In 1976, during America’s bicentennial, President Gerald Ford called upon the public to honor the history and accomplishments of black Americans when he officially recognized February as Black History Month.
The origins of Black History Month can be traced to Harvard-trained historian Carter G. Woodson and minister Jesse E. Moorland. Woodson and Moorland founded the Association for the Study of Negro Life and History, or ASNLH. This organization dedicated itself to researching and promoting the achievements of black Americans and others of African descent.
In 1926, the ASNLH sponsored a national Negro History Week and chose the second week of February for the celebration for a very specific reason. The week coincided with the birthdays of Abraham Lincoln, the 16th president of the United States who presided over the end of slavery, and Frederick Douglass, the famed former slave who rose to prominence as a social reformer, writer, orator, and statesman.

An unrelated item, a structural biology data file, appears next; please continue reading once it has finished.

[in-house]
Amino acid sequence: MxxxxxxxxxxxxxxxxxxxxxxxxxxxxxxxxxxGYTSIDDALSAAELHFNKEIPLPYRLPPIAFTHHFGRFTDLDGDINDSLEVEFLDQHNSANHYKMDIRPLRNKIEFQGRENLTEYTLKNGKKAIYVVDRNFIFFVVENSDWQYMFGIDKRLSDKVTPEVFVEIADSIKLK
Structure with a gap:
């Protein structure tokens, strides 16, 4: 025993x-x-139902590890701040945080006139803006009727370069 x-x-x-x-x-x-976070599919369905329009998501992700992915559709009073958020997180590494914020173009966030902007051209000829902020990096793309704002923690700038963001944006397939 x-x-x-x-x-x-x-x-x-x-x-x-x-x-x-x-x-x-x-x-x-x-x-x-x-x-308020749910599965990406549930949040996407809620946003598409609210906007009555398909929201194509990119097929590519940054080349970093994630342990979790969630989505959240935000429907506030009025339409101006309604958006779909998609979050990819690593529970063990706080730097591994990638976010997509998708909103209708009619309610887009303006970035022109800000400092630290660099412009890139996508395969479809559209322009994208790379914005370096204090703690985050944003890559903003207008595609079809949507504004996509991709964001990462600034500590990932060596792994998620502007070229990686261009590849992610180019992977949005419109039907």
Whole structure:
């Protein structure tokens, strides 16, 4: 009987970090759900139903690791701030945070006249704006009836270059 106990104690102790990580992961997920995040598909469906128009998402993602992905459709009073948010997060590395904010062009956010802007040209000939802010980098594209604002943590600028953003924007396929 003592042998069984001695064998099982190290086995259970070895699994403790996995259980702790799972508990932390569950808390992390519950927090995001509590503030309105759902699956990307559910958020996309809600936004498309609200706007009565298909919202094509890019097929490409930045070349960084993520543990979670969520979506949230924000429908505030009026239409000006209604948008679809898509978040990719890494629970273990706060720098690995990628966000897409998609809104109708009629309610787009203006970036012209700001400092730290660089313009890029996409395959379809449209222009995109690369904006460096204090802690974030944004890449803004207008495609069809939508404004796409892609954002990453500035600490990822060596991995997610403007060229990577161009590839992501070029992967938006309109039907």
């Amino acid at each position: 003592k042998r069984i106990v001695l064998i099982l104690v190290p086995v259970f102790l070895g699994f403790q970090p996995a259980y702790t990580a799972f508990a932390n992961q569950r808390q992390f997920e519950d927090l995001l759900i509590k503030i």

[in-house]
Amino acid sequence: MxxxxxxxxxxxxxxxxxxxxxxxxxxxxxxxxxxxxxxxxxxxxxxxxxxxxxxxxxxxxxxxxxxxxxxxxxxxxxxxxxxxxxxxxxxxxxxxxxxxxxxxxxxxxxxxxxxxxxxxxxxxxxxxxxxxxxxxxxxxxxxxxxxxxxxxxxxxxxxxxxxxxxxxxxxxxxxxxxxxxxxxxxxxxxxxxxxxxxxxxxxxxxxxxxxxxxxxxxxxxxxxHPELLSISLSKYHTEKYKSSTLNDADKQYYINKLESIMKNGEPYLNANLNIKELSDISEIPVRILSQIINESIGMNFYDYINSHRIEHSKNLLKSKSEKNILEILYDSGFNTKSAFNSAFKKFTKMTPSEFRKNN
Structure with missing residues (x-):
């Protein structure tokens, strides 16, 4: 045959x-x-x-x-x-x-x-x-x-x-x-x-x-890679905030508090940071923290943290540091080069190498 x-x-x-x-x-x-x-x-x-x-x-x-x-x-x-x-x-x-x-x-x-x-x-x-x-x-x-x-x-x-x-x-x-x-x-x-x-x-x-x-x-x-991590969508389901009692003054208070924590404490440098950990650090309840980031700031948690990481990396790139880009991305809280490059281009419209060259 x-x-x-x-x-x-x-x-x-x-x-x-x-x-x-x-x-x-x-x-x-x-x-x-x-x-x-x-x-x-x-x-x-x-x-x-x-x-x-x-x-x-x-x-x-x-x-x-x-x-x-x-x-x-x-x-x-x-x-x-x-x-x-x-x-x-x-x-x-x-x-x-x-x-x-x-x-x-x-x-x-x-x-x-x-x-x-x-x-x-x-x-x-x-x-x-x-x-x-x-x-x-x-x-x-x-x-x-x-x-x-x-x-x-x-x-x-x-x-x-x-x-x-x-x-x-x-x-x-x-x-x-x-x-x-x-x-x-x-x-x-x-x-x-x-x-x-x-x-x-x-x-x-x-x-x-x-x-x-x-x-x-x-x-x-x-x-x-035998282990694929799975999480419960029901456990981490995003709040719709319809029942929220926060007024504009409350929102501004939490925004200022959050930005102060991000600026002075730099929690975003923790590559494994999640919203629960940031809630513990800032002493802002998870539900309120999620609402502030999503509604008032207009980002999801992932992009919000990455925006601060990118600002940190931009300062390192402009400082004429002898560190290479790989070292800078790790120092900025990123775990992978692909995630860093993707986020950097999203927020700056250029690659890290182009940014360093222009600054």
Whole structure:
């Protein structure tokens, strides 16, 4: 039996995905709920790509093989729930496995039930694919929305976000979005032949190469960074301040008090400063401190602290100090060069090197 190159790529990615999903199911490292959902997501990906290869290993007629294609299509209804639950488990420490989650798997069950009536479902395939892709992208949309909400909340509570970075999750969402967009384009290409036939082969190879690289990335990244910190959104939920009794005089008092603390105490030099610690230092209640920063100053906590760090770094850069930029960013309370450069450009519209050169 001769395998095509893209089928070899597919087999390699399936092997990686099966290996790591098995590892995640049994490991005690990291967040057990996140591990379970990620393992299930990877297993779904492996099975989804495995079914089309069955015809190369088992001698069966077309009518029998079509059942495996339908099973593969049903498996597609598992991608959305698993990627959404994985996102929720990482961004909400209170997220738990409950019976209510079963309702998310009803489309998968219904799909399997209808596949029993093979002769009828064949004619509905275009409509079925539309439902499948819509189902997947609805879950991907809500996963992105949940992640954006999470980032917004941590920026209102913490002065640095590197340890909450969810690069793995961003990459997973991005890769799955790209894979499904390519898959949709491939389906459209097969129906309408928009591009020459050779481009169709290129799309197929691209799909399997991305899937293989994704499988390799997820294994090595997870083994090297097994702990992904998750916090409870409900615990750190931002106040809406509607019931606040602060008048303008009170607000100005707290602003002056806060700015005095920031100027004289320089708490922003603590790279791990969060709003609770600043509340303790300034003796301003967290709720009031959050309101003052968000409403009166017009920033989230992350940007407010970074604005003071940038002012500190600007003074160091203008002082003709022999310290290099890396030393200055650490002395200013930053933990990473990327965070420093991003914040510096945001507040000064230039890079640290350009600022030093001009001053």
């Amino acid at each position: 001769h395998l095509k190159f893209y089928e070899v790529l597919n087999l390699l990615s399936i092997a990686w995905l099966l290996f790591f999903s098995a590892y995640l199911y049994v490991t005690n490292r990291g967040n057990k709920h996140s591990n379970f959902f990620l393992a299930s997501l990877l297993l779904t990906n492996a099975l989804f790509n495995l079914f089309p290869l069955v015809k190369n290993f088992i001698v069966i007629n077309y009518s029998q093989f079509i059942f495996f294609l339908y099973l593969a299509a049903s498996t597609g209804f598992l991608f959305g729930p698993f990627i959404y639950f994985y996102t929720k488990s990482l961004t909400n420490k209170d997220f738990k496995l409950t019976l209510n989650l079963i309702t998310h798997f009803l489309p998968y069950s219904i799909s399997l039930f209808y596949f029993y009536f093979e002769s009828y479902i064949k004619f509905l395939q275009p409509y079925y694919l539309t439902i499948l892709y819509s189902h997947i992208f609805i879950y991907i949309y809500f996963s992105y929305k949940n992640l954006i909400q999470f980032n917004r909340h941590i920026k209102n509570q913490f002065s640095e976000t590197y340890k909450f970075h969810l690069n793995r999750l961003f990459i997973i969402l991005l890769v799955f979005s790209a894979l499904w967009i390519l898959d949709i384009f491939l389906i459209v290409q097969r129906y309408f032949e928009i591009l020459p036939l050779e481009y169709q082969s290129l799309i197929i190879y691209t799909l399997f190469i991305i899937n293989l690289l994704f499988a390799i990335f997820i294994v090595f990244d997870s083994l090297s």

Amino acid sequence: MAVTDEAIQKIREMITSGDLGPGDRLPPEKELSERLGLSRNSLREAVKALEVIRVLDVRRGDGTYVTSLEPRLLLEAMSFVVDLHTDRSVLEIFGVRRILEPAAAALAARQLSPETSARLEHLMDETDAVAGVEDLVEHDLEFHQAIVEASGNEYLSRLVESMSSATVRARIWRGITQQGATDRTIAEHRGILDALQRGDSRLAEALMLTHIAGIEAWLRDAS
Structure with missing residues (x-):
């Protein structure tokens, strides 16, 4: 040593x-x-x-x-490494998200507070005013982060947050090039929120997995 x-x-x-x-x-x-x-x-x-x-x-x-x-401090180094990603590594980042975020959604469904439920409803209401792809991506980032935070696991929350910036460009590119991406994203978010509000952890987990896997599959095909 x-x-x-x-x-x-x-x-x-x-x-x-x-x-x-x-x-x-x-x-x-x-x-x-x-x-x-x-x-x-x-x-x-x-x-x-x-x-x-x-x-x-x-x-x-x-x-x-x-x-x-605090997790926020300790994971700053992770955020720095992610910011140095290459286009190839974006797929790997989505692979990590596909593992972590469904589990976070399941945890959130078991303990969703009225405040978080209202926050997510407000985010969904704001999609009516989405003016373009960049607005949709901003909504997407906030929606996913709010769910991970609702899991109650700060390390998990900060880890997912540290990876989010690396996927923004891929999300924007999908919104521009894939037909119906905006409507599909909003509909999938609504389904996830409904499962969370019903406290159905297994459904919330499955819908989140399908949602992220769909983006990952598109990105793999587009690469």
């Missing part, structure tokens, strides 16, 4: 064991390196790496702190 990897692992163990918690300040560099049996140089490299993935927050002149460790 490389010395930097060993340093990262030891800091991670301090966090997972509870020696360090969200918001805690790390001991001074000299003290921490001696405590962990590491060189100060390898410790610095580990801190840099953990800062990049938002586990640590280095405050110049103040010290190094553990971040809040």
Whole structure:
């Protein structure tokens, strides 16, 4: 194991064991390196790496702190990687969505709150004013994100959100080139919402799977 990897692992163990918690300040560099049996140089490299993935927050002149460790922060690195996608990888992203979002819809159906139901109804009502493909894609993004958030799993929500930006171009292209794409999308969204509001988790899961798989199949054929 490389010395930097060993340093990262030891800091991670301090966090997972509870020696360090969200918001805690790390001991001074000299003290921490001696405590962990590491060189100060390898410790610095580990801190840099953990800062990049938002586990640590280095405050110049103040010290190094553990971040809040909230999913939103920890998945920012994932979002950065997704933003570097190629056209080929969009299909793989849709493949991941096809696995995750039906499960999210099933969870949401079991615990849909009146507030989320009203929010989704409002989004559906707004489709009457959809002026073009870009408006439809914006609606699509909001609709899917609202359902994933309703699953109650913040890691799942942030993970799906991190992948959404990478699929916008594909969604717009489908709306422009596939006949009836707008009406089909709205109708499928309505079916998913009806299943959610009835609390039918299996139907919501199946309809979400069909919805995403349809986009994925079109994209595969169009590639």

It’s important that we still celebrate it. This month gives us a chance to learn — or re-learn — the importance of blacks in history.
This area is rich in black history.
Just south of here is the Honey Springs Civil War Battlefield. There, the first major battle where African-Americans (First Kansas Colored Infantry) were given the opportunity to prove their fighting abilities.
Here in Muskogee, Bass Reeves was the first African American to receive a commission as a Deputy U.S. Marshal west of the Mississippi River.
So take time and celebrate this month. Black History Month isn’t just a celebration of black history, but a celebration of American history.